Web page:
Egg: The overwintering eggs are slightly larger than those of the European red mite, but about the same color (dark brick red). Eggs are laid singly.
Immatures: The larva resembles the larva of European red mite to a large degree (reddish color). At this stage, the long front legs which characterize later stages are not apparent.The protonymphs begin to take on a more distinctive appearance, but still lack the long front legs. The deutonymph (final immature stage) resembles the adult in body shape and color, with long front legs.
Adult: The adult female has a characteristic appearance that makes it readily distinguishable from the other common tree fruit tetranychids.The body color is a dull reddish brown with dark orangeish markings, and somewhat flattened. The integument has a striated appearance, with the striations running horizontally across the dorsum. The front legs are very long, over twice the length of the other legs, and extend forward from the body. The eyes are distinct red widely spaced on the cephalothorax.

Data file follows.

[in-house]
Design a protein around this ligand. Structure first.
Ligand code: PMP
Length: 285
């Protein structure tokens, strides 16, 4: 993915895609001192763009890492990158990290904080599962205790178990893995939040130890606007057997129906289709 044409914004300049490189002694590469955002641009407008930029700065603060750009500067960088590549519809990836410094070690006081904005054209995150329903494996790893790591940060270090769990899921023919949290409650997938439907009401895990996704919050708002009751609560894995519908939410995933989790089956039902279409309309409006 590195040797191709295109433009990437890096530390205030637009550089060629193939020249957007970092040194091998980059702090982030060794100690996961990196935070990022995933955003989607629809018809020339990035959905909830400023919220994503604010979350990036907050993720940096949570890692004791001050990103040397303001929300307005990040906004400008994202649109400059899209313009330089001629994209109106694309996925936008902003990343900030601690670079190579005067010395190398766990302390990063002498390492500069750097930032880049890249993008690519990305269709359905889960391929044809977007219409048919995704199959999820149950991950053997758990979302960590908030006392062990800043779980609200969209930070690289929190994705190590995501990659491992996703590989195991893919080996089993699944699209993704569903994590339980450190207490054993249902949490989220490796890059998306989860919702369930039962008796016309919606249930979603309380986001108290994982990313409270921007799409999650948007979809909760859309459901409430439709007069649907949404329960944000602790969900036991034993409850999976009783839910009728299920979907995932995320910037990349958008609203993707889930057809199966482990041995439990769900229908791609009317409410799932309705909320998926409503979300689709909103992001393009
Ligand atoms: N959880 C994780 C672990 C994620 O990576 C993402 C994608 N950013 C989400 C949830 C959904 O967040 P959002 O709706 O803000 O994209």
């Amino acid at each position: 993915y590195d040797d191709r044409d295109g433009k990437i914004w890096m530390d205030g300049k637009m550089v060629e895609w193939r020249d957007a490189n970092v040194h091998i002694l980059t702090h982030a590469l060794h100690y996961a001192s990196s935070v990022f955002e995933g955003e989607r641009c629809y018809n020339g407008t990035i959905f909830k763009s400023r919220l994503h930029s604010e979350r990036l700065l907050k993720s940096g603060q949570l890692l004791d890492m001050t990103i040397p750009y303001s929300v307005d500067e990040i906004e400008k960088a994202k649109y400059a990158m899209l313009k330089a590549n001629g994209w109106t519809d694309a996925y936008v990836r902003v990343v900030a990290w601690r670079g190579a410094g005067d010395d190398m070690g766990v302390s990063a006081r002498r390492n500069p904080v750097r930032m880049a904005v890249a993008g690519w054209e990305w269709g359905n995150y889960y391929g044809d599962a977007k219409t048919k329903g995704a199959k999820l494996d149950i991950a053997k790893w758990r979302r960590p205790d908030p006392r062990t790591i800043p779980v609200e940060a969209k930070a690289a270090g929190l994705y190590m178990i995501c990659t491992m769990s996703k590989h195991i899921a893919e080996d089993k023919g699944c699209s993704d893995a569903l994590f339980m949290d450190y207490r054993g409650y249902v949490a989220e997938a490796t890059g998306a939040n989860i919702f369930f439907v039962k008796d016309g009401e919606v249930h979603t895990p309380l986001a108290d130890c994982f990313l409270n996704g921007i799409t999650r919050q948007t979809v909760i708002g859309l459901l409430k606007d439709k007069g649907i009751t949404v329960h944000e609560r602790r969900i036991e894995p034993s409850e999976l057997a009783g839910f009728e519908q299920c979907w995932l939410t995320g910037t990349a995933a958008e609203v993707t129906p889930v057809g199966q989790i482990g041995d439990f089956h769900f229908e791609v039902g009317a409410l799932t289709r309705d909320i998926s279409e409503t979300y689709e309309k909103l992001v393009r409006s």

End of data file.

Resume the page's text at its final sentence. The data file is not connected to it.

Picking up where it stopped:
Damage is similar to that caused by other spider mites. All motile stages feed on the leaves and remove chlorophyll. Leaves become stippled from feeding marks, and may become pale or bronzed; however, defoliation is less likely with this species.